A couple filed a lawsuit and prevailed against an individual. After that, the individual filed for bankruptcy. The couple argued to the bankruptcy court that their judgment they obtained against the individual was non-dischargeable, i.e. that they could still recover from the individual after bankruptcy. The individual responded by arguing that the time to recover the judgment had expired under the statute. The bankruptcy court rejected that argument, decided that the time for the couple to renew their judgment was tolled during bankruptcy, and exempted their judgment from the final discharge.
Unhappy with the bankruptcy court’s decision, the individual filed a new lawsuit seeking a declaratory judgment in the superior court that the couple’s renewal time had expired. The family argued that the individual’s claim was barred by the doctrines of laches and claim preclusion. The trial court agreed, and granted the family’s motion for judgment on the pleadings. The court of appeals affirmed.
In this case, the couple’s estate (the couple died before this lawsuit was filed) filed an affirmative lawsuit against the individual seeking to recover on the earlier judgment. The individual argued again that the family’s action was untimely. This time, the individual relied upon a recent change to limitations period in the renewal statute, which extended the limitations period from five to ten years, but stated that “an action may not be brought to renew a judgment entered on or before August 2, 2013 that was not renewed on or before August 2, 2018.” 2019 Ariz. Sess. Laws, ch. 20, § 2. In this case, the judgment was entered before 2013, but because of the tolling period, did not expire until 2020.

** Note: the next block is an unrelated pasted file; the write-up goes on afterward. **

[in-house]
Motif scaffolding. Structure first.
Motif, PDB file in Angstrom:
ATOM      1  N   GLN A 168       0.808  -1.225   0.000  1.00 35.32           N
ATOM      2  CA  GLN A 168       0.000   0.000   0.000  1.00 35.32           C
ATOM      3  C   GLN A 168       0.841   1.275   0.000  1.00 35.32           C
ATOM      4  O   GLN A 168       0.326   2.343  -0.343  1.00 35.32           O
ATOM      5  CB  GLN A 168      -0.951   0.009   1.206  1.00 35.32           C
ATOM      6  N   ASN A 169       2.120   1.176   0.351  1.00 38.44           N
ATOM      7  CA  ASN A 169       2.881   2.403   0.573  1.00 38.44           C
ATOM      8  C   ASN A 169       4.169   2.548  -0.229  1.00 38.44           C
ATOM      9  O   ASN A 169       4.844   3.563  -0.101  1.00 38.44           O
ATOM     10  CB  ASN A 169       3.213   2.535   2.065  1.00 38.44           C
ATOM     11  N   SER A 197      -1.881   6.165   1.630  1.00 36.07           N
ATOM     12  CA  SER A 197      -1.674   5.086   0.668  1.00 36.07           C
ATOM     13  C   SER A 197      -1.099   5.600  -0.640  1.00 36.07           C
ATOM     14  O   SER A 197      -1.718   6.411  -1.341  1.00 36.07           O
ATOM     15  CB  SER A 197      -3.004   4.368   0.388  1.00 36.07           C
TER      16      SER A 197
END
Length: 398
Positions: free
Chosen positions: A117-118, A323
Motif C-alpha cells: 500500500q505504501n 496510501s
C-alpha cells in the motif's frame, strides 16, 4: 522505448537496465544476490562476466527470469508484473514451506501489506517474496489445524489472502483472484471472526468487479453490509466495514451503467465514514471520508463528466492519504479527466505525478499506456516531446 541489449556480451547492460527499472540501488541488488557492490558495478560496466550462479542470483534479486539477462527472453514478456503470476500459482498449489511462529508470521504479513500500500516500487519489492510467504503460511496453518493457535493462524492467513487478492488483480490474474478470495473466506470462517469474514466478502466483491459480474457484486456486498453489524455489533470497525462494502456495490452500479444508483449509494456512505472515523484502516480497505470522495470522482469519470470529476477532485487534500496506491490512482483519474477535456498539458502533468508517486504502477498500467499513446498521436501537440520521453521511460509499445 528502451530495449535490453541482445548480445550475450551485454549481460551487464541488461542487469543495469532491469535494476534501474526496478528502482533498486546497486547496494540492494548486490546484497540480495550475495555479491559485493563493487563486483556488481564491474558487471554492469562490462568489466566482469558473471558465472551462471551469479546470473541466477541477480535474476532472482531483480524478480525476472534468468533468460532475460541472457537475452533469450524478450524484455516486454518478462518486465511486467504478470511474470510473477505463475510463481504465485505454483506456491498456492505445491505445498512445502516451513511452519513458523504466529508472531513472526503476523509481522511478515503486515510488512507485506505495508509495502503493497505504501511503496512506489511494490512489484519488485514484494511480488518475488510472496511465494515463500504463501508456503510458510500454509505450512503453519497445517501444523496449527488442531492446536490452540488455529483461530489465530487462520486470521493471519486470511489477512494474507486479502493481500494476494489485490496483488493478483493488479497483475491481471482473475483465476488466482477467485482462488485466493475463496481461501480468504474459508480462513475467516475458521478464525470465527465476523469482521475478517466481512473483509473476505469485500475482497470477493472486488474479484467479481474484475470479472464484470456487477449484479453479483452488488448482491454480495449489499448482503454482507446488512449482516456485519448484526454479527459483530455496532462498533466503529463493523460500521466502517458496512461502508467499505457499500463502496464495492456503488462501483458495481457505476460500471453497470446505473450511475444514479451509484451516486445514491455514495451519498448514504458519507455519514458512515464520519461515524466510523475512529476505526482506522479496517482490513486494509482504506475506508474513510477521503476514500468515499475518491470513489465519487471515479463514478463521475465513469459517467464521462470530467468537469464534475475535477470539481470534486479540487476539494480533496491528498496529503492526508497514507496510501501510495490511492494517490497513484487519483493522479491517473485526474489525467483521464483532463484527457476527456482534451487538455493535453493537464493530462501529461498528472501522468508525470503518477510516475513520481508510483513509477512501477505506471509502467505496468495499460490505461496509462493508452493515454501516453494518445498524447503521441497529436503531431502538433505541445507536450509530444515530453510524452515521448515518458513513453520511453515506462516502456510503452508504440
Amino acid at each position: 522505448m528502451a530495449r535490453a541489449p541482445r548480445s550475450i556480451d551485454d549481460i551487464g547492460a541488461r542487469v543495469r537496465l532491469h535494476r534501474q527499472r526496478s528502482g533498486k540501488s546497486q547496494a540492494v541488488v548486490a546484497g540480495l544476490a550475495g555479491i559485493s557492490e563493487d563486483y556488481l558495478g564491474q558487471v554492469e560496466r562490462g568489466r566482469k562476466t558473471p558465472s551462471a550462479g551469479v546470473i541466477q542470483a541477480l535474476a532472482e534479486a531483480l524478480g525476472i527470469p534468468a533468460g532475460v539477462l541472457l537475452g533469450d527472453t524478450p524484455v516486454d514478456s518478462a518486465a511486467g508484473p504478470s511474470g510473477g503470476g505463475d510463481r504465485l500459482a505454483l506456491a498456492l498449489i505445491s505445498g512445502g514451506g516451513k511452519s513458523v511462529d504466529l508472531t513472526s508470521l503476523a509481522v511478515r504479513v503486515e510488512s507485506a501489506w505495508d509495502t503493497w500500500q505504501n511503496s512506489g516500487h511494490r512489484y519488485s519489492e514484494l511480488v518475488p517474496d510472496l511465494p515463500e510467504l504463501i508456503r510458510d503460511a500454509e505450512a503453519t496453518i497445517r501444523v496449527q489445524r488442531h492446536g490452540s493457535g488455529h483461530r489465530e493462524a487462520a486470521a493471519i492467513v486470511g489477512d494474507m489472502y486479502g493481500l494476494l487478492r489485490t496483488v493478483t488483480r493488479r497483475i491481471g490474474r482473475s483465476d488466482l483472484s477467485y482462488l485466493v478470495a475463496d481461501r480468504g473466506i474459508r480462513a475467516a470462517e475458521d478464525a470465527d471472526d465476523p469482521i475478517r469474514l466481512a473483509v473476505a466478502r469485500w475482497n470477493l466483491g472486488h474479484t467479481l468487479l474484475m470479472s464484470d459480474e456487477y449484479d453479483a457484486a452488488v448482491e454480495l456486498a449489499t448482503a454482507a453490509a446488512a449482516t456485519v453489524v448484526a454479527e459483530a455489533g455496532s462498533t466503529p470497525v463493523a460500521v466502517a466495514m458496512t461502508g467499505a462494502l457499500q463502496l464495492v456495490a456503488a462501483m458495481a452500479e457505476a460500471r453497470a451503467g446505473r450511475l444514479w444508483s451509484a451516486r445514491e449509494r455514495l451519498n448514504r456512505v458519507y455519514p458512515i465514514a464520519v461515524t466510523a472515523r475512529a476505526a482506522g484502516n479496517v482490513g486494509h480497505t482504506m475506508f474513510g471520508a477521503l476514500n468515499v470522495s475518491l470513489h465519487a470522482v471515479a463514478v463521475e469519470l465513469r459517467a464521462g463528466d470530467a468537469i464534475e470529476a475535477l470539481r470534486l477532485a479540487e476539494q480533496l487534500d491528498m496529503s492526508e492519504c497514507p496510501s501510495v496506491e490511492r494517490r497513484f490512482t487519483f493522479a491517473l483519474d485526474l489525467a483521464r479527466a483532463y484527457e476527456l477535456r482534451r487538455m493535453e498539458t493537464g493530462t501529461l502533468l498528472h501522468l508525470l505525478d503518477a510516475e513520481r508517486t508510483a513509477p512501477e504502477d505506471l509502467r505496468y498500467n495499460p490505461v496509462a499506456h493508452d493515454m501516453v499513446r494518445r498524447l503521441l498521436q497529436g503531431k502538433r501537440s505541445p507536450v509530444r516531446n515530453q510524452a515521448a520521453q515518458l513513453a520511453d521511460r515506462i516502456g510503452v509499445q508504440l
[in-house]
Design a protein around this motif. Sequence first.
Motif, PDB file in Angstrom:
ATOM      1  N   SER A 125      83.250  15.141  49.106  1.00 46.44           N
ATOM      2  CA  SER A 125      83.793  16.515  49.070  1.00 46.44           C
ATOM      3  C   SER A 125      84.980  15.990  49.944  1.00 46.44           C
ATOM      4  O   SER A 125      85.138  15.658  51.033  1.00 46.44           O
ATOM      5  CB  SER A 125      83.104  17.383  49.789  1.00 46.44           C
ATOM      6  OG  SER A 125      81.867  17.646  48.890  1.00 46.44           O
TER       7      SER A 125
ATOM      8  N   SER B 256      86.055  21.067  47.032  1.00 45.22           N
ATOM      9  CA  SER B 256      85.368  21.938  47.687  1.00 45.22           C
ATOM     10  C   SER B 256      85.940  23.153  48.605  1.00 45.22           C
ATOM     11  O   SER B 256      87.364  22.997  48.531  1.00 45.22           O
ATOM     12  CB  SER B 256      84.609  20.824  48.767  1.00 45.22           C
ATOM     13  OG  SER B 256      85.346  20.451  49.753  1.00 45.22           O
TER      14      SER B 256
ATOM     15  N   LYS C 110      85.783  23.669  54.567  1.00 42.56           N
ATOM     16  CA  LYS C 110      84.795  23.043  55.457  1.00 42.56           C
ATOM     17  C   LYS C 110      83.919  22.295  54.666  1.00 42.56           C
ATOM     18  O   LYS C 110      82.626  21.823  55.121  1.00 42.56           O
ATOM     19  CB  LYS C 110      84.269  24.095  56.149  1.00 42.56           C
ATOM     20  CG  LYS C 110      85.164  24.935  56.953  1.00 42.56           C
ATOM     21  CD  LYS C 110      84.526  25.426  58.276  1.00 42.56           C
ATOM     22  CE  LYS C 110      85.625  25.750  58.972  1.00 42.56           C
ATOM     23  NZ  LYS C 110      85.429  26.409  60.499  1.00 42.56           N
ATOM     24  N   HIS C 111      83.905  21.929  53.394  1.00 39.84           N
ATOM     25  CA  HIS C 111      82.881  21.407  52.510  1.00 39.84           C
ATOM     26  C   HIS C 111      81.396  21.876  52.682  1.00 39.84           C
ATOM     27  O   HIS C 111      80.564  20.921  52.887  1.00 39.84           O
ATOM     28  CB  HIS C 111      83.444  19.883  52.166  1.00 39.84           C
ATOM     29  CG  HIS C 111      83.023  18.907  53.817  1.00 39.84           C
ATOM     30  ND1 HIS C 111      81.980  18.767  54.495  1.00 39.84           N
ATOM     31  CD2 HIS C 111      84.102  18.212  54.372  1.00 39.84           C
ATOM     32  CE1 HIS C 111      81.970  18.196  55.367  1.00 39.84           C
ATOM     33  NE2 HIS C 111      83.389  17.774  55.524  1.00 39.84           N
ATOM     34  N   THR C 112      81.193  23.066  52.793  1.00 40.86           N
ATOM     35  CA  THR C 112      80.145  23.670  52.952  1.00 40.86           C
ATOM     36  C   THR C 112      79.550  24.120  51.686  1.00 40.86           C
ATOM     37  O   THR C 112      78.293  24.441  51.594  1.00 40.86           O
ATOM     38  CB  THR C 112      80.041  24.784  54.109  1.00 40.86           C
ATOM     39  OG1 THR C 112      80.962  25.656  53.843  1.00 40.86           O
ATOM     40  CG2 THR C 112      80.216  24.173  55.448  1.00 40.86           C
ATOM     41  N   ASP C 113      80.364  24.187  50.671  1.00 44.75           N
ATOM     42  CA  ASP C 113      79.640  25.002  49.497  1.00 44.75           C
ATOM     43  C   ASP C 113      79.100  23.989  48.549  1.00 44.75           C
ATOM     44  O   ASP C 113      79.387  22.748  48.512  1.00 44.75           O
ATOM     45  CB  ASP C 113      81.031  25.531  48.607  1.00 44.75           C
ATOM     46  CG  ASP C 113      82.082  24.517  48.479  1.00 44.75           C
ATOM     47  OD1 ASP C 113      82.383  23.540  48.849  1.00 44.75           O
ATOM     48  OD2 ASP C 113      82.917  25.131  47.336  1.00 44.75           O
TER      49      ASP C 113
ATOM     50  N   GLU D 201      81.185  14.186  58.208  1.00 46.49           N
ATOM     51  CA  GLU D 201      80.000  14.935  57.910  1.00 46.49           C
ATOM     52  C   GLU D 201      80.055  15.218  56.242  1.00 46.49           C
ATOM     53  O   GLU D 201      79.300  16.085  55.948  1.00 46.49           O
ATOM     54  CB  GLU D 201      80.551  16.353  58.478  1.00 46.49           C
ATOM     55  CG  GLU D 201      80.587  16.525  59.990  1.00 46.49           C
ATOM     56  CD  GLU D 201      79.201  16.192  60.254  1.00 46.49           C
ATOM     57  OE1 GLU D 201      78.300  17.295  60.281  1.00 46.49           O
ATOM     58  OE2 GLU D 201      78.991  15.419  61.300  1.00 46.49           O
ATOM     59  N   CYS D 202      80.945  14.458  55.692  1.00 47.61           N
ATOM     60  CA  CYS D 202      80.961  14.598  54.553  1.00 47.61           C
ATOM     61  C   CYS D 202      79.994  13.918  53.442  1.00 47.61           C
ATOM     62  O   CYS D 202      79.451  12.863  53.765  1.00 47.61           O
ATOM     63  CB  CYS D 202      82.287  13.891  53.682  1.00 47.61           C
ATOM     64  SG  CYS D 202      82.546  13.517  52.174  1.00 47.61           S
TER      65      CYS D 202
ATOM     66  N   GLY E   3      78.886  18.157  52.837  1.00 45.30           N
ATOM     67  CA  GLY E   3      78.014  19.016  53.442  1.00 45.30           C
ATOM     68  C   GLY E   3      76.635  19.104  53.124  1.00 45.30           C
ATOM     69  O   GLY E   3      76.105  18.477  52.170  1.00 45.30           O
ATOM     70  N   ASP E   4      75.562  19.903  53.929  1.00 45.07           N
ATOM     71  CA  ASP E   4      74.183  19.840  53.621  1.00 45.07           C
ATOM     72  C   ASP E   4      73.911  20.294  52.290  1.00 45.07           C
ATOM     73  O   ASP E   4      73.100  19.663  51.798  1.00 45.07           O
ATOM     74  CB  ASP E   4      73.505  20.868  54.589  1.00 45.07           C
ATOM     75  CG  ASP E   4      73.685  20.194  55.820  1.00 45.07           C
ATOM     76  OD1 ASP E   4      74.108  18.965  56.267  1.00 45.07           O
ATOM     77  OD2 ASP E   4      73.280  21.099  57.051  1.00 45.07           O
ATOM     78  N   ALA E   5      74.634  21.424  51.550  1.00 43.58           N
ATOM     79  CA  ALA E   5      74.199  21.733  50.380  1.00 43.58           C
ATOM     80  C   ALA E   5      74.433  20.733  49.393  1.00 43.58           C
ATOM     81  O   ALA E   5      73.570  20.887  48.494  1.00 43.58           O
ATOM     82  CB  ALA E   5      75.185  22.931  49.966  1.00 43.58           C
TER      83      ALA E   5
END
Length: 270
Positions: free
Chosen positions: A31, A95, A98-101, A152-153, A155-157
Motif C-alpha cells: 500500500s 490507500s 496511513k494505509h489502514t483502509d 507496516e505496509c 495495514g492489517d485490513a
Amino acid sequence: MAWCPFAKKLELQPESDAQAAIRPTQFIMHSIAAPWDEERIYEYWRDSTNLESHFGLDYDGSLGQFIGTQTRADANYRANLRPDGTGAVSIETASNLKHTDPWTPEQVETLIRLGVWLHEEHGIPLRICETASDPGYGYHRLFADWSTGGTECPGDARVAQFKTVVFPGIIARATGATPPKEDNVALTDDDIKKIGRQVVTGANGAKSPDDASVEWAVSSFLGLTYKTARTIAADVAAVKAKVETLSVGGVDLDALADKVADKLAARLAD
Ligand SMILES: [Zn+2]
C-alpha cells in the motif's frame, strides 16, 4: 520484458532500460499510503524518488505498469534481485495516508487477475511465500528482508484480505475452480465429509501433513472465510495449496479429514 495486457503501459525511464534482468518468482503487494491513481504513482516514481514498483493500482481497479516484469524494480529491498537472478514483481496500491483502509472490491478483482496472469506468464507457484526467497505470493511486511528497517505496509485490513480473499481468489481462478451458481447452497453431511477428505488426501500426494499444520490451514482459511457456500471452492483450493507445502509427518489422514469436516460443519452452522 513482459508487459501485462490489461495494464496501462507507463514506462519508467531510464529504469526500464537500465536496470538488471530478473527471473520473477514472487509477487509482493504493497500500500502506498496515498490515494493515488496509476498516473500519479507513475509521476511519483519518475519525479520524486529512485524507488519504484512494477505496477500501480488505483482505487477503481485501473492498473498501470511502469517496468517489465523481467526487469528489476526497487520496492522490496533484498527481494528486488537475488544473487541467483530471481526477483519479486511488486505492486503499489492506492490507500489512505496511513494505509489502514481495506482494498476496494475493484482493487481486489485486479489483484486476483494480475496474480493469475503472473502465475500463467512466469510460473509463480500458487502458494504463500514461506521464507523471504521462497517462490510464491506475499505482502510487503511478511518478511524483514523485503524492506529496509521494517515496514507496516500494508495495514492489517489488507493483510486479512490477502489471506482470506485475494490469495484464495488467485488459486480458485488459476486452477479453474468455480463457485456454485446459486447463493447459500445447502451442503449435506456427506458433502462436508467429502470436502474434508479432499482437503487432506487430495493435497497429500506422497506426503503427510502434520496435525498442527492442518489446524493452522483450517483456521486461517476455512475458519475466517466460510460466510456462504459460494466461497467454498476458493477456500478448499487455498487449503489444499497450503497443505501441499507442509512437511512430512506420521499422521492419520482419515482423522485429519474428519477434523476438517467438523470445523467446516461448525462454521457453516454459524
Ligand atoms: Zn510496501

The trial court rejected the individual’s argument that the recent change to the statute extinguished the claim. The Court explained that although the plain language of the statute could be read to bar their claim, it would be absurd if the amended statute—which was intended to extend the statute of limitations for seeking a renewal of judgment from five years to ten years—would have incidentally extinguished the couple’s claim. It therefore affirmed the trial court.
Judge Espinosa authored the opinion for the Court; Judges Staring and Eckerstrom concurred.
Posted by: John Bullock